Let's take a look at some interesting data that is indicative of market sentiment and where money is flowing these days ..
Wells Advisors' private client group, the third largest U.S. brokerage firm, indicating that their trading commissions are down by more than 14.5 percent so far this year from the comparable 2013 period, as noted by a memo written by group president David Kowach that was recently reviewed by Reuters.
He further notes in a memo to the firm's 11,000 brokers last week, " Commissions that were "a really big driver" of success last year have missed budget this year by about $2.6 million..
In an indication of client wariness about stocks, cash balances in their brokerage accounts of $112 billion are "about the highest level I can remember," wrote Kowach, a 21-year veteran of the securities industry.
A data point like that reinforces what I have stated many times, this market isn't being embraced by the average "Joe or Mary" investor.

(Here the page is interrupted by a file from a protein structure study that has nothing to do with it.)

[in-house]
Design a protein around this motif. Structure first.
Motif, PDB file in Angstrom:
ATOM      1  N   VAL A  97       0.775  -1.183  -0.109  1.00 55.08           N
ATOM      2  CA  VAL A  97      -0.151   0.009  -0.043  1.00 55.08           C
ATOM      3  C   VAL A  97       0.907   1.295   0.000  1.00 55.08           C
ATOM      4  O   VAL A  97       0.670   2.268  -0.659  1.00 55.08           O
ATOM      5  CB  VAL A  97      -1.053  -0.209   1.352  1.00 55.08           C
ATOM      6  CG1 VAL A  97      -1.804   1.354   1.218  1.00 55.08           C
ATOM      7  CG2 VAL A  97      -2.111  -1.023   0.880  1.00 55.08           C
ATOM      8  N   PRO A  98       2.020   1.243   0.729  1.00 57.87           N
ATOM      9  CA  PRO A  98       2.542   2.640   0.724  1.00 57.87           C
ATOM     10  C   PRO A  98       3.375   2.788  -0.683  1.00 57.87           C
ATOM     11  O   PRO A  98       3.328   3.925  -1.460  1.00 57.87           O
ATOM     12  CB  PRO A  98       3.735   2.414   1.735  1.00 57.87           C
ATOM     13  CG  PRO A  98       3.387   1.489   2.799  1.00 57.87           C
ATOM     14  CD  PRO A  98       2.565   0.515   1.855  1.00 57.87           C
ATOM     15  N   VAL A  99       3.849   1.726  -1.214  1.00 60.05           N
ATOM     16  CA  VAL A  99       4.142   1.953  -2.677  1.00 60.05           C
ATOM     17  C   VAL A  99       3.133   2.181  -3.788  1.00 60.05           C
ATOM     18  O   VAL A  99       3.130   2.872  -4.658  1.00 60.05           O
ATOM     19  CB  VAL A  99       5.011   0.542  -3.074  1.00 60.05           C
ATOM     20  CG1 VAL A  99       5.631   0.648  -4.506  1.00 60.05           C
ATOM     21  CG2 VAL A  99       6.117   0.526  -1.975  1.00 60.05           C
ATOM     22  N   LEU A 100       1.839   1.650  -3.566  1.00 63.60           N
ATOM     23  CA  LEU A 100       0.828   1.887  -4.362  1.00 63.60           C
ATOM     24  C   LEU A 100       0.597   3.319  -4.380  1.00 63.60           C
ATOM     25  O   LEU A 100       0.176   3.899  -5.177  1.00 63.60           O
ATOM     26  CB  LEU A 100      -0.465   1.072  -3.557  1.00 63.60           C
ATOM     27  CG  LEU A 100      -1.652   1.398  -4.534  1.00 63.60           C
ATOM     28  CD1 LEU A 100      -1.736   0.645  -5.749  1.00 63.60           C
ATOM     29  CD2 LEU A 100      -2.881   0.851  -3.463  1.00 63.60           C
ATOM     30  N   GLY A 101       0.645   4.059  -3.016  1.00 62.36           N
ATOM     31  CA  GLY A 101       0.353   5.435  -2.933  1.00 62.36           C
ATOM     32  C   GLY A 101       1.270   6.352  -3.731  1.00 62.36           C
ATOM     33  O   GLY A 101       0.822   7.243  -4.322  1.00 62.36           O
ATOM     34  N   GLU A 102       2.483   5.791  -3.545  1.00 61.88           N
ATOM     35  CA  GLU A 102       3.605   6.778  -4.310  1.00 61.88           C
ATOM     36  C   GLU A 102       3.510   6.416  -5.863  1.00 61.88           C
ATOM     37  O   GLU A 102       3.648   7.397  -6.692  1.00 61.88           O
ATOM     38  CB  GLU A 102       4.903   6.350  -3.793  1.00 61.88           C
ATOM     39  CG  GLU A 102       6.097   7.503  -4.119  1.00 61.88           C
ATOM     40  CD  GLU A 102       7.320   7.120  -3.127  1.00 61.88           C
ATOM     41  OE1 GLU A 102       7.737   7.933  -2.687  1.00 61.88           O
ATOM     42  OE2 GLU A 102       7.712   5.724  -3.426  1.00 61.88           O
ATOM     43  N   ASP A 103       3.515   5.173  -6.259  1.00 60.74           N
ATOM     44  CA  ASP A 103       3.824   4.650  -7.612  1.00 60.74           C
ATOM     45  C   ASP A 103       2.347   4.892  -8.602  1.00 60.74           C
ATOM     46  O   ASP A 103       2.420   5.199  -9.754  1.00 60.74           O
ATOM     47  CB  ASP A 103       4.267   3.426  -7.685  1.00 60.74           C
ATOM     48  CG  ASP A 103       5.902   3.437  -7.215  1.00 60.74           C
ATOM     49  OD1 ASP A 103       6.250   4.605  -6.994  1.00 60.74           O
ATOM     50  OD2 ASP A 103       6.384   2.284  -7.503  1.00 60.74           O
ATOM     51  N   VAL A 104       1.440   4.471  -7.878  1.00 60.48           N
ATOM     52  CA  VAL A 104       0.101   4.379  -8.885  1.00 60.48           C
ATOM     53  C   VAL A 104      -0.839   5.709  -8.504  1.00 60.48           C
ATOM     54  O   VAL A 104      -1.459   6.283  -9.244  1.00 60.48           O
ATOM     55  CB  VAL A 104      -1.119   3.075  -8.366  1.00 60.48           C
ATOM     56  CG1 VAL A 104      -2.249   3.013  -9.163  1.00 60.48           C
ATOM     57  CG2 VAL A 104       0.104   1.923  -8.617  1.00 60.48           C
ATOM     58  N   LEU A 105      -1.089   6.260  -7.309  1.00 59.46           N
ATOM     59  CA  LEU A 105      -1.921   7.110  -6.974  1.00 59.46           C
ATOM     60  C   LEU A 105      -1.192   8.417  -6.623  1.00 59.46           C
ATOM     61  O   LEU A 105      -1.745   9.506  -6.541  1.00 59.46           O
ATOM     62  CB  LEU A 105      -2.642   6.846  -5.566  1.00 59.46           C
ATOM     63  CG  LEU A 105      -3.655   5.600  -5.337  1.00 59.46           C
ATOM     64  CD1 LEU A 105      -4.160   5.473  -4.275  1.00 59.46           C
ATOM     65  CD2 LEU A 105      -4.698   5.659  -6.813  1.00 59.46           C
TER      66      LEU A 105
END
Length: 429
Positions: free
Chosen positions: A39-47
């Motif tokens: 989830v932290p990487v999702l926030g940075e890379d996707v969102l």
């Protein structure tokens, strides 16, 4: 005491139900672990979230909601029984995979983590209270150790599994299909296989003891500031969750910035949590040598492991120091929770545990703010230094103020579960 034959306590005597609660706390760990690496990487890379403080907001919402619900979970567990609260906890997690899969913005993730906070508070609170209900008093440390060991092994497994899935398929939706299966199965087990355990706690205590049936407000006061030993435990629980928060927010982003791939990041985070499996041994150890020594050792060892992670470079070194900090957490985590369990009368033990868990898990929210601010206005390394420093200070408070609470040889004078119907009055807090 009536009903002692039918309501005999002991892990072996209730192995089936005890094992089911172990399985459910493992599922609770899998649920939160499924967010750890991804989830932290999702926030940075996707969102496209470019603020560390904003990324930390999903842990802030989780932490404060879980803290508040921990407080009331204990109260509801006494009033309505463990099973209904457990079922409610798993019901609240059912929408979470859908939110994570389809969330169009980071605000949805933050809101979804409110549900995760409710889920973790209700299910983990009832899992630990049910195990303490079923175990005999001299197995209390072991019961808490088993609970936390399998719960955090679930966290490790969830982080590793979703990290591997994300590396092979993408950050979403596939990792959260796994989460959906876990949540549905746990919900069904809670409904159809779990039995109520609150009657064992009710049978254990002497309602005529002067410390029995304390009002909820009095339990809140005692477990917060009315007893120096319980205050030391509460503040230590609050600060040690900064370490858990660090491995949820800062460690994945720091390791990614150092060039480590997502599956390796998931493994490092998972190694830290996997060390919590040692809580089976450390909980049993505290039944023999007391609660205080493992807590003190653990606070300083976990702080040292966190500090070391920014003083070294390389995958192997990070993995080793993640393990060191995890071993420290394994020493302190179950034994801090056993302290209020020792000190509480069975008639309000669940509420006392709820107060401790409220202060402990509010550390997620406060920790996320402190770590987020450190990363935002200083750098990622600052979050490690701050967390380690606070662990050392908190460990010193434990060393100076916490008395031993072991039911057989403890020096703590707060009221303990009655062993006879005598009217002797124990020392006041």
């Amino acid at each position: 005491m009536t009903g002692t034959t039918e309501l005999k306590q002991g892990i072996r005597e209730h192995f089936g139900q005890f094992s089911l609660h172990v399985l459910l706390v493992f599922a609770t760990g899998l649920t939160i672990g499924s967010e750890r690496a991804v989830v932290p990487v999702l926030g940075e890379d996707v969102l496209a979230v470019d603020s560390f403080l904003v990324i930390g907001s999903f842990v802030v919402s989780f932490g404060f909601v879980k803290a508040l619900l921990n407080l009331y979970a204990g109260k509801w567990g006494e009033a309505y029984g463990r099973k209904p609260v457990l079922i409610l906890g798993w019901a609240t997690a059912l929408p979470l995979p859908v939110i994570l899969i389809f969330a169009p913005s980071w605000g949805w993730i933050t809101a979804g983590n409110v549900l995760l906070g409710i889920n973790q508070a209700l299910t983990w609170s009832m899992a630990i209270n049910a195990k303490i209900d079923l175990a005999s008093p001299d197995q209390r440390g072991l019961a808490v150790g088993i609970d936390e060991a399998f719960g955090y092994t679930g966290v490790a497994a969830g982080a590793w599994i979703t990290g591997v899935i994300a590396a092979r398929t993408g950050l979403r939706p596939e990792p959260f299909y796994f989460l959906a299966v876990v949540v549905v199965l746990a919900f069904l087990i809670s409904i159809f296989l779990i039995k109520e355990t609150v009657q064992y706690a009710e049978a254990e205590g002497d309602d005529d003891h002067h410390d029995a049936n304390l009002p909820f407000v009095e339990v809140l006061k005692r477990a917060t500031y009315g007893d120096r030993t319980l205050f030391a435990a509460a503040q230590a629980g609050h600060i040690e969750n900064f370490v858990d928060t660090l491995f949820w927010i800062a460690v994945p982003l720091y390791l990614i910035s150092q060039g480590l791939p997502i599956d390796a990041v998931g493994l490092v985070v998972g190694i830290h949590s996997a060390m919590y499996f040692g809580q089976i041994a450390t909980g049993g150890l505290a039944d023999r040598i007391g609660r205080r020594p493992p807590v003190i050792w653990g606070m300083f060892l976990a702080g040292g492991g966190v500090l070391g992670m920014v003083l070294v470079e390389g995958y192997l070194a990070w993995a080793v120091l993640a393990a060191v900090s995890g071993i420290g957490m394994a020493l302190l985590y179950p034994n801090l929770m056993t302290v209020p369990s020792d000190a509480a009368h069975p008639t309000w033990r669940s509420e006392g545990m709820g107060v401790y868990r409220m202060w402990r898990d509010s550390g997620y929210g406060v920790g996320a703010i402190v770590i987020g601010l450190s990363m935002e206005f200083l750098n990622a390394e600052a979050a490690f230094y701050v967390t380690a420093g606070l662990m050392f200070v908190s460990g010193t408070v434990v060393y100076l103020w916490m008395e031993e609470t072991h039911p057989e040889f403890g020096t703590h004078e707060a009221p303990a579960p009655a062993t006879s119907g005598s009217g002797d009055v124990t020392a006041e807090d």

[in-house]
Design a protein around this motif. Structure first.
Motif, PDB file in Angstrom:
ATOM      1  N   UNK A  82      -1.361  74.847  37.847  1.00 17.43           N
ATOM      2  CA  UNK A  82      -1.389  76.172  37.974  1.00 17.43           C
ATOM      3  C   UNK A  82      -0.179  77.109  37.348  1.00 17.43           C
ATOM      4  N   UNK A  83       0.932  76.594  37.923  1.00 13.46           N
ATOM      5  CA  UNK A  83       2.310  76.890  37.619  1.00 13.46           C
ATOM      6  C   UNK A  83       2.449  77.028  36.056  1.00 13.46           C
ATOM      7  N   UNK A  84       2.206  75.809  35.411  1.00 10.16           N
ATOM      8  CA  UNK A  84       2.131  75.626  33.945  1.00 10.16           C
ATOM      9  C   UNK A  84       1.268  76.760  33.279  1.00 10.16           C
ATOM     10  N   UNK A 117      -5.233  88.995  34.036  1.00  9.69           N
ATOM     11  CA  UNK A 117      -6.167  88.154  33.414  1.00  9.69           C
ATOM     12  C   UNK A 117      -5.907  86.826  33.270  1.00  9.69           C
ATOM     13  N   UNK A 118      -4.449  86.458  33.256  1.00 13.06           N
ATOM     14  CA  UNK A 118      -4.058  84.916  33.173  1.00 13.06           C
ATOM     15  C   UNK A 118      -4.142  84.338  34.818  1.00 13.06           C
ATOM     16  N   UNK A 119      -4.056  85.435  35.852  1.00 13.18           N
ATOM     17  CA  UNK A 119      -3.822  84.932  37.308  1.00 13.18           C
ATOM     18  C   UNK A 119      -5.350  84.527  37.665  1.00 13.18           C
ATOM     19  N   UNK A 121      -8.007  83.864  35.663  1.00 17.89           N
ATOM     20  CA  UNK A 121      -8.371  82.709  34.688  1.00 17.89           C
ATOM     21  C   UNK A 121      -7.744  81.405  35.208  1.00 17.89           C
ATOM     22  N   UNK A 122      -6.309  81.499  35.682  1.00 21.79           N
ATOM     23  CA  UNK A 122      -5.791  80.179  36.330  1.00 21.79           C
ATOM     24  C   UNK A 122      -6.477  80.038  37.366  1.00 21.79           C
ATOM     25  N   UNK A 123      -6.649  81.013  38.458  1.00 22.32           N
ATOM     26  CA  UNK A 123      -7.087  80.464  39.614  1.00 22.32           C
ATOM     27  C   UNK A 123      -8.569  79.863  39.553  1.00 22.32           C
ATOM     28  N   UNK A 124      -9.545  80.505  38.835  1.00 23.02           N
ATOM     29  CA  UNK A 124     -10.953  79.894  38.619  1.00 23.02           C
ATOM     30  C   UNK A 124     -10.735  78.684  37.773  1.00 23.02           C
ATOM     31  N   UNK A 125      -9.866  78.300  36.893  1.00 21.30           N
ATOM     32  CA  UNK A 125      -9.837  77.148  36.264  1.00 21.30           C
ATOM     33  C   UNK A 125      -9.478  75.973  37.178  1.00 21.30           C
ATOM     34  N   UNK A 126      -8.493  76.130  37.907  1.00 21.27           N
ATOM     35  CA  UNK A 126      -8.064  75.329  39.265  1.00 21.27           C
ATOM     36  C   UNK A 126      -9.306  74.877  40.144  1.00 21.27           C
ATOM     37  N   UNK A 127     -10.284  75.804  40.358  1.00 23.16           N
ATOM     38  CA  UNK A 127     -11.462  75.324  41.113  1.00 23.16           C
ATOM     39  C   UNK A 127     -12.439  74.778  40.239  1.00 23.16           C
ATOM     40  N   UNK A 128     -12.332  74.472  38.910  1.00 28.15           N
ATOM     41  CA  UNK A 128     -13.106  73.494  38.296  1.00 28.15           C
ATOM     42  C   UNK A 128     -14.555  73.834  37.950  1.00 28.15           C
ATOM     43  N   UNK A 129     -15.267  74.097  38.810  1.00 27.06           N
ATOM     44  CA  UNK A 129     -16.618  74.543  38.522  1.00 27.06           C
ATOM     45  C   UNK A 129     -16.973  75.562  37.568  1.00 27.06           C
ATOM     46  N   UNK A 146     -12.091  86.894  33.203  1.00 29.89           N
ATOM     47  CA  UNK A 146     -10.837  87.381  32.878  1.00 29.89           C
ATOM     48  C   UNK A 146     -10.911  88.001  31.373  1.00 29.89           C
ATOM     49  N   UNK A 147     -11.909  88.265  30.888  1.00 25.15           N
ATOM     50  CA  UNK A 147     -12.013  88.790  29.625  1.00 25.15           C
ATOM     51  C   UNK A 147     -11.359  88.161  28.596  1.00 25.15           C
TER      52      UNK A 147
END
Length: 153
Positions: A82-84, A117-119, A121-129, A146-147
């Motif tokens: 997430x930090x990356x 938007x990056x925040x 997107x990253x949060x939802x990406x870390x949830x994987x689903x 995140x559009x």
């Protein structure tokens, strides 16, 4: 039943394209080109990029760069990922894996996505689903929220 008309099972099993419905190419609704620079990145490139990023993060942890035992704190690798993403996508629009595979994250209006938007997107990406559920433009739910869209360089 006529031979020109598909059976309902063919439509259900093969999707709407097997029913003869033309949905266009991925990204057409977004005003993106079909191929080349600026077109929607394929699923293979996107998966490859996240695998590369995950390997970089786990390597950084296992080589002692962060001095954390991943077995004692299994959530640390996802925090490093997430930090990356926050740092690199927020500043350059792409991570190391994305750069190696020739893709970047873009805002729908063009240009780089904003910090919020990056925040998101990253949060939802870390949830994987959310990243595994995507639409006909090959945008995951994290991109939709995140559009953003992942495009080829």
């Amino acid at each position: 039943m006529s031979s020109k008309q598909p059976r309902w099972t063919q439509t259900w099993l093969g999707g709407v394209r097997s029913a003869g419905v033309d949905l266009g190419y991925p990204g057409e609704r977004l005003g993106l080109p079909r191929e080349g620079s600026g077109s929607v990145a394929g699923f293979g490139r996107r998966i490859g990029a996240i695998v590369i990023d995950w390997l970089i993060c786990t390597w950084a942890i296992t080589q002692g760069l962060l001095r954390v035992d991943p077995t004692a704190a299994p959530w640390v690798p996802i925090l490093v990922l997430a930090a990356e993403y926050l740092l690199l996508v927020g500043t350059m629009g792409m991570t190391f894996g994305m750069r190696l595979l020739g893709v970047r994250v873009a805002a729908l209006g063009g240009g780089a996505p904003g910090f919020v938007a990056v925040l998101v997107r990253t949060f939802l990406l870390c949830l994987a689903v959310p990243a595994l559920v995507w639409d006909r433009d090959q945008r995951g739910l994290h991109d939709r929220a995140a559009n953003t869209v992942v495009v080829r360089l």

Furthermore, ConvergEx looks at year-to-date ETF inflows and outflows and picks up on something rather interesting - after an incredible year in 2013, investors are now shuffling their portfolio assets back toward bond ETFs and away from stock ETFs. We've seen $17.7 billion go into bond ETFs since January 1st while a net $16.3 billion has come out of their equity counterparts…
But the big winner so far this year - both in terms of performance and asset gathering - is not the bond market or the stock market. It's commodities, Wall Street's most reviled asset class by far.
Here's ConvergEx again: Commodity oriented ETFs are up $887 million in new assets during February, after losing $25.6 billion over the last year.
Once again showing the "dog" theory prevails.
Here is a data point I view as a contrary indicator ..